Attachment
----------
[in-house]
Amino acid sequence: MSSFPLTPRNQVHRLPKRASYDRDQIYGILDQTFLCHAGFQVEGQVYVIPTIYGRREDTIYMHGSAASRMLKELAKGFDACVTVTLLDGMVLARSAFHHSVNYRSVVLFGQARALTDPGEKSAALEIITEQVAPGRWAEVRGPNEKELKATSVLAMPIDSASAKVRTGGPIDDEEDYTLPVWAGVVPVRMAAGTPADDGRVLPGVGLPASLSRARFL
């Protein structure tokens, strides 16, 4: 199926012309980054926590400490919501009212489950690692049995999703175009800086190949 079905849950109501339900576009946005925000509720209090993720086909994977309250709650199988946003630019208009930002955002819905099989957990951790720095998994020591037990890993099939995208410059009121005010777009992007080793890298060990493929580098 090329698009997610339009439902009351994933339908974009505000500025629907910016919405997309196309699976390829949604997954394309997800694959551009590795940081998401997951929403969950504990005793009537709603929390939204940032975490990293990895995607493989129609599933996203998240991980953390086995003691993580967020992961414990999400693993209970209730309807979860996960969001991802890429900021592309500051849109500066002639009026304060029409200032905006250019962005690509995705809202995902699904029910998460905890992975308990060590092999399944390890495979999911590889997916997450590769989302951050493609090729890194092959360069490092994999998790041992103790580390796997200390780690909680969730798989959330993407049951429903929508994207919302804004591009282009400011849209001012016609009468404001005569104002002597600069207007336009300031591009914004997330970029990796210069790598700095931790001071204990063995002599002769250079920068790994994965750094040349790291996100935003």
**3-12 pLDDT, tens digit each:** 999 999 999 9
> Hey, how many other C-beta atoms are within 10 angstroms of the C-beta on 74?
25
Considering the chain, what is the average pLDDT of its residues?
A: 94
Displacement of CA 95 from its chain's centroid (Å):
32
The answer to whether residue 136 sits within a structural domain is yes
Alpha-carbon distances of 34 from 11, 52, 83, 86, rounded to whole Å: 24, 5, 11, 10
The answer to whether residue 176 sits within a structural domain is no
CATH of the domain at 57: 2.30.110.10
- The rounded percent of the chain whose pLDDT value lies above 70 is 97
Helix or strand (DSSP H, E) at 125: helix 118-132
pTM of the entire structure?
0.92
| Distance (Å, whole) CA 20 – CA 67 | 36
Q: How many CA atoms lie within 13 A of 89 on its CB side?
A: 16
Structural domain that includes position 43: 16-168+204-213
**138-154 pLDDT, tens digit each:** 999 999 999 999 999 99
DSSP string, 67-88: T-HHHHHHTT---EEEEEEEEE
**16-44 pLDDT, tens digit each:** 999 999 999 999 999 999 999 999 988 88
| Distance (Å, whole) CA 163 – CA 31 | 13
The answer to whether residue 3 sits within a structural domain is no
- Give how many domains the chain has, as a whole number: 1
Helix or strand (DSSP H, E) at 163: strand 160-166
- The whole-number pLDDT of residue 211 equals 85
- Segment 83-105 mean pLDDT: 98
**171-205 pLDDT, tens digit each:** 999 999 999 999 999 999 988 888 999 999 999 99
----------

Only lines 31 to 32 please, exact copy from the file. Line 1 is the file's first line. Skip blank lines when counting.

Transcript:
- Segment 83-105 mean pLDDT: 98
**171-205 pLDDT, tens digit each:** 999 999 999 999 999 999 988 888 999 999 999 99